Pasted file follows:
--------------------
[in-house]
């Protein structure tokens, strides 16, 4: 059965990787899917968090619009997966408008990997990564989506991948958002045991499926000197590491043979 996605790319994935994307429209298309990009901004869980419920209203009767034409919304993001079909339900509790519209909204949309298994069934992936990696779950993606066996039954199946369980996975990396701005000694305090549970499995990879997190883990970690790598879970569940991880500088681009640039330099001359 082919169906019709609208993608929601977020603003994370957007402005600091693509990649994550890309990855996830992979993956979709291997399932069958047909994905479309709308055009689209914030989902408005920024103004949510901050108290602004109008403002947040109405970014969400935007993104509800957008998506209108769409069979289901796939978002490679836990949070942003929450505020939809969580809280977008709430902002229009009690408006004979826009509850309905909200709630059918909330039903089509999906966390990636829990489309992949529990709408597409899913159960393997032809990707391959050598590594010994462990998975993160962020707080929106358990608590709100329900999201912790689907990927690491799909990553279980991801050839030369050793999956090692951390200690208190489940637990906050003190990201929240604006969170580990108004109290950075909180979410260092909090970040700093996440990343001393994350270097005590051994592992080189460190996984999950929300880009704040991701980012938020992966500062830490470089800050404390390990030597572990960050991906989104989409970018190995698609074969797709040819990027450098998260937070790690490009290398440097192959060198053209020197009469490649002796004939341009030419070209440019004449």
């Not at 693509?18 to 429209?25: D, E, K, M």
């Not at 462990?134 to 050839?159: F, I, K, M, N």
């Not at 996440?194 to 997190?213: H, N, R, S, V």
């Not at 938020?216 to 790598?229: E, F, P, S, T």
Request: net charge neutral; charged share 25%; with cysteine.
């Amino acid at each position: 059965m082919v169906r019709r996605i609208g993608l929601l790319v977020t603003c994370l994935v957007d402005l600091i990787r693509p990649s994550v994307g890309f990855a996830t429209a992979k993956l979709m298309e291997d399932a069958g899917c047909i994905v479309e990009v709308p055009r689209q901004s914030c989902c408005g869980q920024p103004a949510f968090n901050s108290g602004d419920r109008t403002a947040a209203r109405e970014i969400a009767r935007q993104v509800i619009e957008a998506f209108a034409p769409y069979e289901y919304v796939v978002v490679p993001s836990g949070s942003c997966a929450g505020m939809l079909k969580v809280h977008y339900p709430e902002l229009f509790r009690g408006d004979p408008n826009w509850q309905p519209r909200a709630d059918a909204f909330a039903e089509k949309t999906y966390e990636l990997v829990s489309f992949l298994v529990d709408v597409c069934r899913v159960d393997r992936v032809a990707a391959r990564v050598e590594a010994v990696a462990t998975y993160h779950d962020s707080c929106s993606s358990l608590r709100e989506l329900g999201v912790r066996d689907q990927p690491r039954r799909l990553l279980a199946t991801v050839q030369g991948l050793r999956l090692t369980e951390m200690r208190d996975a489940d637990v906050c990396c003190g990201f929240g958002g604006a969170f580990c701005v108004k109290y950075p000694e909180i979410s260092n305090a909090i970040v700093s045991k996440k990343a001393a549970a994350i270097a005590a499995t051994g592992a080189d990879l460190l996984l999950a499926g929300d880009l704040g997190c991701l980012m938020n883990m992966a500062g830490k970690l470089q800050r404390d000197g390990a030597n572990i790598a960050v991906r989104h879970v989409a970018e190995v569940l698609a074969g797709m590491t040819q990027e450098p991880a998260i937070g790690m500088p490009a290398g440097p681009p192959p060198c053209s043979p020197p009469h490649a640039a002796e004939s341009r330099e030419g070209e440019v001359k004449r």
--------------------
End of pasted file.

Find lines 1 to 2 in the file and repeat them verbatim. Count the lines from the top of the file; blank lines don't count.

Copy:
[in-house]
């Protein structure tokens, strides 16, 4: 059965990787899917968090619009997966408008990997990564989506991948958002045991499926000197590491043979 996605790319994935994307429209298309990009901004869980419920209203009767034409919304993001079909339900509790519209909204949309298994069934992936990696779950993606066996039954199946369980996975990396701005000694305090549970499995990879997190883990970690790598879970569940991880500088681009640039330099001359 082919169906019709609208993608929601977020603003994370957007402005600091693509990649994550890309990855996830992979993956979709291997399932069958047909994905479309709308055009689209914030989902408005920024103004949510901050108290602004109008403002947040109405970014969400935007993104509800957008998506209108769409069979289901796939978002490679836990949070942003929450505020939809969580809280977008709430902002229009009690408006004979826009509850309905909200709630059918909330039903089509999906966390990636829990489309992949529990709408597409899913159960393997032809990707391959050598590594010994462990998975993160962020707080929106358990608590709100329900999201912790689907990927690491799909990553279980991801050839030369050793999956090692951390200690208190489940637990906050003190990201929240604006969170580990108004109290950075909180979410260092909090970040700093996440990343001393994350270097005590051994592992080189460190996984999950929300880009704040991701980012938020992966500062830490470089800050404390390990030597572990960050991906989104989409970018190995698609074969797709040819990027450098998260937070790690490009290398440097192959060198053209020197009469490649002796004939341009030419070209440019004449």